Remember the butter board? It has a new cousin called whipped brie. The half-butter-half-brie concoction begs you to dip a fresh baguette. But not everyone is enthusiastic about it. Some cheese industry professionals and connoisseurs are infuriated. Here’s what you need to know about the latest FoodTok trend.
How to Make the Perfect Whipped Brie
First, you may be wondering what the recipe entails. Perhaps you’re already on board and want to wow your friends with a TikTok-inspired snack. Start by getting your hands on some brie cheese. How much cheese? It is subjective depending on how much dip you want to make.
TikToker @justataste used three wheels of brie to make her dip, prompting one commenter to say, “Did you mortgage your house for that appetizer?” If you want to cut costs, you can use a smaller amount of brie if you use an equal amount of butter. The half-half ratio is key.
You’ll want to let both ingredients soften at room temperature before whipping them. Then, remove the rind from the cheese, use a hand blender to combine it with the butter, and reach the creamy, whipped consistency of your dreams. Have fun with toppings – honey or fig chutney are great ones. And there you have it: a non-boring, unique spread that perfectly complements your favorite white wine.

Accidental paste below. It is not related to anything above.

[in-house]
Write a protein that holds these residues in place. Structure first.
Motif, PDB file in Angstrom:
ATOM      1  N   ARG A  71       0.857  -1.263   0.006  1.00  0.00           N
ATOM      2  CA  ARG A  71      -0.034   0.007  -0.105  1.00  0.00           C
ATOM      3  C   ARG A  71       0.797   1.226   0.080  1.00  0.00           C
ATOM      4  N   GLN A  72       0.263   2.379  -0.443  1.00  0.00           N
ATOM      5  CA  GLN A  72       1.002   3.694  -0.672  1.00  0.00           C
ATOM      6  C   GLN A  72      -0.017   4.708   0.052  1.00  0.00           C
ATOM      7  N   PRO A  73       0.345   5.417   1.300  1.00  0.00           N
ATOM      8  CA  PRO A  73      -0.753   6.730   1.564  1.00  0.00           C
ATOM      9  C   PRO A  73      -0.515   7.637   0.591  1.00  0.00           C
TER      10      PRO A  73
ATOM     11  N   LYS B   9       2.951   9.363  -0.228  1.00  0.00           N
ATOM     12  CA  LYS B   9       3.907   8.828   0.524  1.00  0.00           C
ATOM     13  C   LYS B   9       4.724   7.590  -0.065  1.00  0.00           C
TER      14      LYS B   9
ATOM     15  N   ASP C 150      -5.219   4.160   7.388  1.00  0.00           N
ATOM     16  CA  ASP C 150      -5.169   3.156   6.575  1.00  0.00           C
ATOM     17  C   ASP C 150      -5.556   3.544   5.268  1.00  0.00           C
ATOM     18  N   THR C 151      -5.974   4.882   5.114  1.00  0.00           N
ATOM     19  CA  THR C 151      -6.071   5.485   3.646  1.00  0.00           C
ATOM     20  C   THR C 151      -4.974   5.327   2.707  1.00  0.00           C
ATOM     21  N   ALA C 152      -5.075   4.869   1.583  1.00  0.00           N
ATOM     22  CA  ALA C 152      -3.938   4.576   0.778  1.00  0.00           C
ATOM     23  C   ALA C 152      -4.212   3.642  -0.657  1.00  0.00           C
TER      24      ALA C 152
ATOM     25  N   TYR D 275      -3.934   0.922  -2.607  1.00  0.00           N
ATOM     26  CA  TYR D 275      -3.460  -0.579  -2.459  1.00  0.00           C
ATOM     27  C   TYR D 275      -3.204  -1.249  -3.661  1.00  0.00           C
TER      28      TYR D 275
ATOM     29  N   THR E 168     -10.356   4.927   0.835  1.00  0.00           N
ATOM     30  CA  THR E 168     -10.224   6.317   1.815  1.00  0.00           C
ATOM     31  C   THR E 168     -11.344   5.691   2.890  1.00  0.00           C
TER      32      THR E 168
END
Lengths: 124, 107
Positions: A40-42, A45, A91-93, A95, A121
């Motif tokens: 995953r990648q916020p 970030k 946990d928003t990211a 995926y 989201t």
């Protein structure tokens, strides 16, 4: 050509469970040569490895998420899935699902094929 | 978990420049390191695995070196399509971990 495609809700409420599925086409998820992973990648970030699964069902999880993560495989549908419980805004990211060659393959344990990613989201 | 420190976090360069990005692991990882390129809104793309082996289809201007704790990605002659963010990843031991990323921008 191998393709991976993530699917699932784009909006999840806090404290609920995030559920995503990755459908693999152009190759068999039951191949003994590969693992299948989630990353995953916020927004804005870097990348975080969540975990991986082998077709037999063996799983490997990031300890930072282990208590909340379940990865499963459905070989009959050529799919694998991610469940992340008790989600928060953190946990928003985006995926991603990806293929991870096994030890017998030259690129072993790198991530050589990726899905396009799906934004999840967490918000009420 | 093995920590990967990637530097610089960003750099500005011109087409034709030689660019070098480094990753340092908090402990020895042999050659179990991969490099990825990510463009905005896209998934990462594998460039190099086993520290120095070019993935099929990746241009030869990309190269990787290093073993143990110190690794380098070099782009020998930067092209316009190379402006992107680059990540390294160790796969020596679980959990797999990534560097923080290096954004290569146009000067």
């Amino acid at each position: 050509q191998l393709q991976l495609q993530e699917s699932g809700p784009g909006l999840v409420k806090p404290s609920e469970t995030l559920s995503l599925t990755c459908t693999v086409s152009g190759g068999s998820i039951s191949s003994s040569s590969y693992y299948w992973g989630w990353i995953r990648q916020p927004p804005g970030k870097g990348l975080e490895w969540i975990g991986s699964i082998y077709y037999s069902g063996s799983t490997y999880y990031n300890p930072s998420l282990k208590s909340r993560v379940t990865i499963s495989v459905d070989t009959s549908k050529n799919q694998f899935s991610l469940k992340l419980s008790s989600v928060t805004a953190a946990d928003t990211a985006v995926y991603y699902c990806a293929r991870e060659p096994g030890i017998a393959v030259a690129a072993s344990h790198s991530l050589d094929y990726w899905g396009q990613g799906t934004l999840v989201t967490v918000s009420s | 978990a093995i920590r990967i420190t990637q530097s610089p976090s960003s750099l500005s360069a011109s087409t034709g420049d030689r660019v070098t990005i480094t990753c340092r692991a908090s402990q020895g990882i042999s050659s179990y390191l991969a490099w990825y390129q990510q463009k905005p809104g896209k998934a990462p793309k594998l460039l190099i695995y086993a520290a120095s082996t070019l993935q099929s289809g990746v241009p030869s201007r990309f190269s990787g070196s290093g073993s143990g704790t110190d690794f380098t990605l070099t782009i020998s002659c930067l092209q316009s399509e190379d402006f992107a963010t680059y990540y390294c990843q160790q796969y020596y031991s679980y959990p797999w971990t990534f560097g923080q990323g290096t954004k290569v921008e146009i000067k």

Why Whipped Brie Is Upsetting Cheesemakers
While whipped brie is garnering lots of attention on TikTok, not everybody is on board with the viral food trend. It involves removing the rind from the cheese, which upsets some cheesemakers and cheese purists. “Most of the content creators driving these new trends have no idea what they’re doing or what kind of cheese they’re even serving,” said Emma Harvey, cheese buyer at City Market South End in Burlington, VT, in an AllRecipes interview. “I think back to the ‘whipped burrata’ craze over the summer, and my blood boils.”
As she puts it, the rind offers unique flavors and notes that differ from the rest of the cheese. A lot of craftsmanship goes into making it: “So please, as a monger, I beg you, don’t just throw the rind away. Some cheeses are great for doctoring up and transforming into new recipes (fondue, queso, whipped honey chèvre or ricotta), but some cheeses just need to be left alone and served with the respect they deserve.”
In other words, proceed with caution if you’re hosting cheese snobs. Otherwise, have fun breaking the rules.